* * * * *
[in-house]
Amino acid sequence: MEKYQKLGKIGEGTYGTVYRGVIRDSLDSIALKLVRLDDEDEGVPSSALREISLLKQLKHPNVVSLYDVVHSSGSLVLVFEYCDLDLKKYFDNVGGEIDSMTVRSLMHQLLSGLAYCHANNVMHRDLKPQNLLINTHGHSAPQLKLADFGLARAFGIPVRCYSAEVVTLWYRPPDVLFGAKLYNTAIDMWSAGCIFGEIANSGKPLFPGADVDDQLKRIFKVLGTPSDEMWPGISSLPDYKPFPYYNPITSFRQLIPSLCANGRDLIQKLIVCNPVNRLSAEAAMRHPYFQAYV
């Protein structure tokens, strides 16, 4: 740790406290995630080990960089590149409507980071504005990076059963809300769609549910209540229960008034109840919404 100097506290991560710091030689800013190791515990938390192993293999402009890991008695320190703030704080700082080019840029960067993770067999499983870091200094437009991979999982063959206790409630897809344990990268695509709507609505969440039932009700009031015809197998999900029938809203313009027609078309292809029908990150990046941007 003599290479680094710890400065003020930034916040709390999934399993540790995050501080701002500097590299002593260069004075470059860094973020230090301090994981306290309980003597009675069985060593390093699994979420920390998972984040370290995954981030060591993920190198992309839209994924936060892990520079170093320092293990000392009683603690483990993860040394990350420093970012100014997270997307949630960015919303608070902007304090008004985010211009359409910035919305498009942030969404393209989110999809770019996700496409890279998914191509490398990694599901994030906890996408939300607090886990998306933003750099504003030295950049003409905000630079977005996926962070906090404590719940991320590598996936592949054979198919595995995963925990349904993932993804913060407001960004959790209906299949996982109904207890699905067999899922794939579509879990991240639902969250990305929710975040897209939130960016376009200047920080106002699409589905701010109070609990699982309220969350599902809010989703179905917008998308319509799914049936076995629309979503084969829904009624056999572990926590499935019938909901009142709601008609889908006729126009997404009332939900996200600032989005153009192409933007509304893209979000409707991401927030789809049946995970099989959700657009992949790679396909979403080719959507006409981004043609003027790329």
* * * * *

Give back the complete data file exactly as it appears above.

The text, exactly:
[in-house]
Amino acid sequence: MEKYQKLGKIGEGTYGTVYRGVIRDSLDSIALKLVRLDDEDEGVPSSALREISLLKQLKHPNVVSLYDVVHSSGSLVLVFEYCDLDLKKYFDNVGGEIDSMTVRSLMHQLLSGLAYCHANNVMHRDLKPQNLLINTHGHSAPQLKLADFGLARAFGIPVRCYSAEVVTLWYRPPDVLFGAKLYNTAIDMWSAGCIFGEIANSGKPLFPGADVDDQLKRIFKVLGTPSDEMWPGISSLPDYKPFPYYNPITSFRQLIPSLCANGRDLIQKLIVCNPVNRLSAEAAMRHPYFQAYV
């Protein structure tokens, strides 16, 4: 740790406290995630080990960089590149409507980071504005990076059963809300769609549910209540229960008034109840919404 100097506290991560710091030689800013190791515990938390192993293999402009890991008695320190703030704080700082080019840029960067993770067999499983870091200094437009991979999982063959206790409630897809344990990268695509709507609505969440039932009700009031015809197998999900029938809203313009027609078309292809029908990150990046941007 003599290479680094710890400065003020930034916040709390999934399993540790995050501080701002500097590299002593260069004075470059860094973020230090301090994981306290309980003597009675069985060593390093699994979420920390998972984040370290995954981030060591993920190198992309839209994924936060892990520079170093320092293990000392009683603690483990993860040394990350420093970012100014997270997307949630960015919303608070902007304090008004985010211009359409910035919305498009942030969404393209989110999809770019996700496409890279998914191509490398990694599901994030906890996408939300607090886990998306933003750099504003030295950049003409905000630079977005996926962070906090404590719940991320590598996936592949054979198919595995995963925990349904993932993804913060407001960004959790209906299949996982109904207890699905067999899922794939579509879990991240639902969250990305929710975040897209939130960016376009200047920080106002699409589905701010109070609990699982309220969350599902809010989703179905917008998308319509799914049936076995629309979503084969829904009624056999572990926590499935019938909901009142709601008609889908006729126009997404009332939900996200600032989005153009192409933007509304893209979000409707991401927030789809049946995970099989959700657009992949790679396909979403080719959507006409981004043609003027790329």